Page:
How Paid Parental Leave Can Improve Retention
Paid parental leave is an increasingly popular benefit that many employees depend on. As a parent, a newborn can be an overwhelming challenge from the start. Employees work more efficiently after having taken PTO, so it stands to reason that offering paid leave for new parents or parents of sick children would improve company culture, employee satisfaction, and productivity. Read on to find out why paid parental leave is so beneficial, and how you can implement it into your benefits strategy.
What is Paid Parental Leave?
Paid parental leave, otherwise known as paid family leave, refers to an extended amount of time off whereby an employee is paid fully or partially. This type of leave is typically granted due to the birth of a child or, at times, health concerns.
These benefits are merely one way in which an organization can showcase its commitment to its employees. Maintaining a strong company culture is a crucial aspect of any organization.
Are Employers Required to Offer Paid Parental Leave?
The United States remains behind other countries in regards to their paid parental leave policies. There is currently no federal legislation requiring paid family leave of any kind, whether fully or partially paid.
However, there are several states that have enacted legislation regarding paid parental leave. A recent SHRM study found that more states required parental leave payment in 2020 as opposed to the prior year. Most companies have expressed interest in increasing these benefit offerings over the next several years, meaning that the numbers for 2021 and 2022 could be even higher.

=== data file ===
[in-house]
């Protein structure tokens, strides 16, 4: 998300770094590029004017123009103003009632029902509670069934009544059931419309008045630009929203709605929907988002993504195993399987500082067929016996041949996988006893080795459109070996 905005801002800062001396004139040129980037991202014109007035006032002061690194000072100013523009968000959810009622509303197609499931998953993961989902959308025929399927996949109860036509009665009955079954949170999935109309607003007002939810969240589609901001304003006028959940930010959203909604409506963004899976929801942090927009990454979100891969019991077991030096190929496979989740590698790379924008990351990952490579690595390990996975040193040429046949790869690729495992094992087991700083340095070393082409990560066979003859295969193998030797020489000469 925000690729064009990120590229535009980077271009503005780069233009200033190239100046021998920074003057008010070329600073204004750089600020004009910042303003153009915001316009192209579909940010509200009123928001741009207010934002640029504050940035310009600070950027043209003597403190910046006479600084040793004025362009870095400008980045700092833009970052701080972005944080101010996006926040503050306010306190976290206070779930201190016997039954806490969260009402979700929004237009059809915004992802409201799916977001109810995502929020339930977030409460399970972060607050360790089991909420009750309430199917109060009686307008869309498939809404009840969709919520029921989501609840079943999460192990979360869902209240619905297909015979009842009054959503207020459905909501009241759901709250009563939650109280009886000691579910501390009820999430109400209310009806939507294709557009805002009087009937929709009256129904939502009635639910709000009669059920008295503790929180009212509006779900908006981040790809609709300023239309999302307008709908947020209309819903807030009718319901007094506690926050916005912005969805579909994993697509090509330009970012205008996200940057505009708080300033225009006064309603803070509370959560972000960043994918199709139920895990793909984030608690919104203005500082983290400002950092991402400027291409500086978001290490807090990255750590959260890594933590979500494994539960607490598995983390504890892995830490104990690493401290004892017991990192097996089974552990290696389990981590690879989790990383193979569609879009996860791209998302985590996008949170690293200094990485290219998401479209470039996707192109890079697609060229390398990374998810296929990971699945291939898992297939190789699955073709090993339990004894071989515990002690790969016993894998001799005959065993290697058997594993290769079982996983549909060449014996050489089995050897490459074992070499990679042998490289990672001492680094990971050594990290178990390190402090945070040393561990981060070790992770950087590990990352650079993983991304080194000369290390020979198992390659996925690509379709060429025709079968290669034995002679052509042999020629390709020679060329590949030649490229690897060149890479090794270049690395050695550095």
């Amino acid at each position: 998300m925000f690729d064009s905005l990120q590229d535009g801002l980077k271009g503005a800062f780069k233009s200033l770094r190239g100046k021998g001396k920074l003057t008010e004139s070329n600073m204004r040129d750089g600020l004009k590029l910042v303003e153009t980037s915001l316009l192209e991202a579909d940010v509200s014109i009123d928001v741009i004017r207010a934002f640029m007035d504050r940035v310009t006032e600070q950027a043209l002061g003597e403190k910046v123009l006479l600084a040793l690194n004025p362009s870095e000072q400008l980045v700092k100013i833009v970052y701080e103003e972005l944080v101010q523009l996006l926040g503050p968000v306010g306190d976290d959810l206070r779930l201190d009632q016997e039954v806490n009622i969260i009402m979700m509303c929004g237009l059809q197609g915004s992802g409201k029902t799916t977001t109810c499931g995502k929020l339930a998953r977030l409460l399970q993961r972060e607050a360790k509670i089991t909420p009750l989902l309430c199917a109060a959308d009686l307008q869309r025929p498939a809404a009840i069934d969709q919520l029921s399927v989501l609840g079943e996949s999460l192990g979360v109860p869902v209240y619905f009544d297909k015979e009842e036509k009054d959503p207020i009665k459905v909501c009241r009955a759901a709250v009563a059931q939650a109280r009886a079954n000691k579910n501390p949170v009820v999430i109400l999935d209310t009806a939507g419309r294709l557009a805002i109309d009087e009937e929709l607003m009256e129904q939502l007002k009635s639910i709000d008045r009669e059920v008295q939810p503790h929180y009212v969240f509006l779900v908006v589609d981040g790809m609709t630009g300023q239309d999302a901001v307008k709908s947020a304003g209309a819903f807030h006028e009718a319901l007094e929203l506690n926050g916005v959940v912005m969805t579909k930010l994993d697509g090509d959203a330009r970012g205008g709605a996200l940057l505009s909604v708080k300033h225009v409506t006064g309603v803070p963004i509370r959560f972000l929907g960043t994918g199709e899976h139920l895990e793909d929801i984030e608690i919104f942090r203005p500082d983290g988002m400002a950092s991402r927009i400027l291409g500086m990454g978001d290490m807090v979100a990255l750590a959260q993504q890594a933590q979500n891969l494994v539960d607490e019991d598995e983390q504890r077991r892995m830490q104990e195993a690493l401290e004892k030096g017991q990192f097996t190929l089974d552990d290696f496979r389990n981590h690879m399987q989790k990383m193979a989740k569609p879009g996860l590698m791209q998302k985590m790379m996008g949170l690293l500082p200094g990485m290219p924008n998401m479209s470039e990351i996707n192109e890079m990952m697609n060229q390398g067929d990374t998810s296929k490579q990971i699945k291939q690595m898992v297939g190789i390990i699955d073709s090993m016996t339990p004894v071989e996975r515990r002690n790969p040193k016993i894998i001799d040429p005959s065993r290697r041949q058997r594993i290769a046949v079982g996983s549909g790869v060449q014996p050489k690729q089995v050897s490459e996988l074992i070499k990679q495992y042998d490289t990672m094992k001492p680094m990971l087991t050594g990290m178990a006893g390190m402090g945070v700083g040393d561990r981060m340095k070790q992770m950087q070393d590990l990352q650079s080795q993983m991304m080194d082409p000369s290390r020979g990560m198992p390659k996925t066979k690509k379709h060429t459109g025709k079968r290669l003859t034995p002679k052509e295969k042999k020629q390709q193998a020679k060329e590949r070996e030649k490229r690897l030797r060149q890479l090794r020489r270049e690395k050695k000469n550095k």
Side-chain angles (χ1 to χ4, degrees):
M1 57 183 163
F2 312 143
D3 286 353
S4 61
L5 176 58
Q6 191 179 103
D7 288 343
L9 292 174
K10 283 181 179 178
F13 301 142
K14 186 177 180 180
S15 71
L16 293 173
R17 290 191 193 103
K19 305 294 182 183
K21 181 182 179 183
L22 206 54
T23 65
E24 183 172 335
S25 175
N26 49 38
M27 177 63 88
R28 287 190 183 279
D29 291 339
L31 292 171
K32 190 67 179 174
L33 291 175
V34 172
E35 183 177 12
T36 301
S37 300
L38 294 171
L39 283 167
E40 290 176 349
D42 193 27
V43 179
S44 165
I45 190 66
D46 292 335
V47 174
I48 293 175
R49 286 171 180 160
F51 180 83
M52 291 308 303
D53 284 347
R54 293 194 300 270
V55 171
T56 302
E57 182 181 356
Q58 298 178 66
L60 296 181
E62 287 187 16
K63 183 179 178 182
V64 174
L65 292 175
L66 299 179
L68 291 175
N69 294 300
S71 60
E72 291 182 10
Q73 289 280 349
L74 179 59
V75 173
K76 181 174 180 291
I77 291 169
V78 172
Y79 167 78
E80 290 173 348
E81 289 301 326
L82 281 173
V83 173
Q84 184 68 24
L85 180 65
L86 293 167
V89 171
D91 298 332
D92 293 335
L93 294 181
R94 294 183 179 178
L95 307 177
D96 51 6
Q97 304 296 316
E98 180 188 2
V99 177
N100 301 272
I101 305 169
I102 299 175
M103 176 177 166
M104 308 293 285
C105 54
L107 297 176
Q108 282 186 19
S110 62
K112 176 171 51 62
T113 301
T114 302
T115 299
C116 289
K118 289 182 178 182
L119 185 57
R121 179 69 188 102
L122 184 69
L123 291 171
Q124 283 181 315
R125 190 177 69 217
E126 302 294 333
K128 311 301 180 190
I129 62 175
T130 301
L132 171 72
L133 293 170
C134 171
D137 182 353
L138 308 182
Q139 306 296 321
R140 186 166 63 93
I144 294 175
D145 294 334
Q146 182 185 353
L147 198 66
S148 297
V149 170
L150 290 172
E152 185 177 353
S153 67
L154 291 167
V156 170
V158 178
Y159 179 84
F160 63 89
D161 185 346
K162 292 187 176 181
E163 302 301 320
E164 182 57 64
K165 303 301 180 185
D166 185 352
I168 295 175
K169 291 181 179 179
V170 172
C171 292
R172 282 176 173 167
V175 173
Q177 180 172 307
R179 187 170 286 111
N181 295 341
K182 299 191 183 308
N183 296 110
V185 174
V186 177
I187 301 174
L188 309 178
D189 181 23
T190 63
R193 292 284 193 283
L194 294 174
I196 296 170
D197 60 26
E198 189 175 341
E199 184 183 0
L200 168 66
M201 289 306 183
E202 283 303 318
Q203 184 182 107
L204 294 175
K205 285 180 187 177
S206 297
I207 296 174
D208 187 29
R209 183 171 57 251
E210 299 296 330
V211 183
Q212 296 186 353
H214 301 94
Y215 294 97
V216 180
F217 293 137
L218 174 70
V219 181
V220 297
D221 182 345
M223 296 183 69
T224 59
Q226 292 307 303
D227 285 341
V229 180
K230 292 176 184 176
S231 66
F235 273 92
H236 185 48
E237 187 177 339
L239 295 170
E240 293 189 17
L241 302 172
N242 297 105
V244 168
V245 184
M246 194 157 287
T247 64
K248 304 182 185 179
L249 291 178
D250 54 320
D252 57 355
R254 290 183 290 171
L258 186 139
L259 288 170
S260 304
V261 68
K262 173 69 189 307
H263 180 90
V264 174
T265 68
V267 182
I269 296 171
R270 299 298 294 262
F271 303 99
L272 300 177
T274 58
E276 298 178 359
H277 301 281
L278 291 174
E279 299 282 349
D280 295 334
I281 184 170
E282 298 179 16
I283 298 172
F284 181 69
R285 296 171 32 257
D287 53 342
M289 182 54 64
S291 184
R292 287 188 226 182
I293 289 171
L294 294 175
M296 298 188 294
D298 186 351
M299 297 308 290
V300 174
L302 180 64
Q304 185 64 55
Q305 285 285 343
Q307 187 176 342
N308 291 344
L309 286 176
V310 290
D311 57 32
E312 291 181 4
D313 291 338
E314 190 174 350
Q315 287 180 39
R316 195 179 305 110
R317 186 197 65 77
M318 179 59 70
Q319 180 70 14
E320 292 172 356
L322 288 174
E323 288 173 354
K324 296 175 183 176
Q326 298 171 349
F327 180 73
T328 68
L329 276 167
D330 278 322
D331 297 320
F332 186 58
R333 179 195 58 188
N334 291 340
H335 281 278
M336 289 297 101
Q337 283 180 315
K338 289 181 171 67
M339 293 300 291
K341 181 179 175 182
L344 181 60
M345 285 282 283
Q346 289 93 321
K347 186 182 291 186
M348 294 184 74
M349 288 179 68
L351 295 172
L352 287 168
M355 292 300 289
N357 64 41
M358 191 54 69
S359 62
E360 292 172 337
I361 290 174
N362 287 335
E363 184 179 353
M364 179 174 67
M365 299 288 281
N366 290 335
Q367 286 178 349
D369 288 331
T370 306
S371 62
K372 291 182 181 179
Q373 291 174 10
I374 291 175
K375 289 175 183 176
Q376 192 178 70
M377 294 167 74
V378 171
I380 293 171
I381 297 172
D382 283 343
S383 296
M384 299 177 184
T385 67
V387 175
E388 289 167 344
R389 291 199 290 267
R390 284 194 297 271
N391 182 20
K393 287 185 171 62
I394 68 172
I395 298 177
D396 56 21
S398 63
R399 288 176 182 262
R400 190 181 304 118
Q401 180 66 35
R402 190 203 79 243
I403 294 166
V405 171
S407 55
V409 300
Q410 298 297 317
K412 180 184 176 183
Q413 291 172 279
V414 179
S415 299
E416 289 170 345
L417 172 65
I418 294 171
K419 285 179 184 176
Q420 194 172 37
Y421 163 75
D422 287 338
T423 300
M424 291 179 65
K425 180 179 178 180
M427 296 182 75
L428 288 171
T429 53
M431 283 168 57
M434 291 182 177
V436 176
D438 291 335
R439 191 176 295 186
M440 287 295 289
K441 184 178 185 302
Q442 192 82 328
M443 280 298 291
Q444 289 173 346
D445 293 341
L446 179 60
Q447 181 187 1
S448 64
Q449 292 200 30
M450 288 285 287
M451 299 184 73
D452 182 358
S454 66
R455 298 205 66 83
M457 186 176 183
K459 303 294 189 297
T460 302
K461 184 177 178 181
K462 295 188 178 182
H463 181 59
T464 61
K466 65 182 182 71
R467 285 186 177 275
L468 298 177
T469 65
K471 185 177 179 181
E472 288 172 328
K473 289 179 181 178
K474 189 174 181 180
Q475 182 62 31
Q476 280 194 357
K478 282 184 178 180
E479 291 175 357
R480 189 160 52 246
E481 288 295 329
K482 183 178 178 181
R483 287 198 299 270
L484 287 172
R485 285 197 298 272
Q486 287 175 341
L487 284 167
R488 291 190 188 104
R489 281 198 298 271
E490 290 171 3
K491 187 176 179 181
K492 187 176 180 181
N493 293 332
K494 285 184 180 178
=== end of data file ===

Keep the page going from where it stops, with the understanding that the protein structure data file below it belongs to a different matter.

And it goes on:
The Family and Medical Leave Act (FMLA) does require up to 12 weeks of unpaid, job-protected leave for certain employees. This legislation is very helpful in that it provides job protection for those employees who need to take the time off to care for their newborn children. That said, many parents will return to work prior to the 12-week mark simply because they can't afford to go such a long time without pay.
Who Qualifies for Parental Leave?
Because the US government has no federal legislation requiring paid parental leave, the qualifications will depend on your employer’s policy. In some cases, there may be state legislation that establishes qualifications.
One example of state-mandated parental leave is California. In California, if you wish to qualify for the Paid Family Leave Benefits, you must be unable to complete your regular or customary work requirements, and have lost wages due to providing care for a sick family member or bonding with a newborn child. A qualifying event may also be a family member’s military deployment overseas. You must also be employed or actively seeking employment at the time the paid leave begins.
In order to qualify for the federal Family and Medical Leave Act, you must work for a covered employer, work 1250 hours during the 12 months prior to the beginning of your leave, have worked for an employer of 50 or more employees, work within 75 miles of the employer’s location, and have worked for the employer for 12 months or more.
What Are the Benefits of Paid Parental Leave?
With more employers offering new and improved benefits packages, it is no surprise that prospective employees are seeking out which organizations offer them the most comprehensive packages before accepting job offers. Organizations are navigating this challenge with benefits packages that check all the boxes.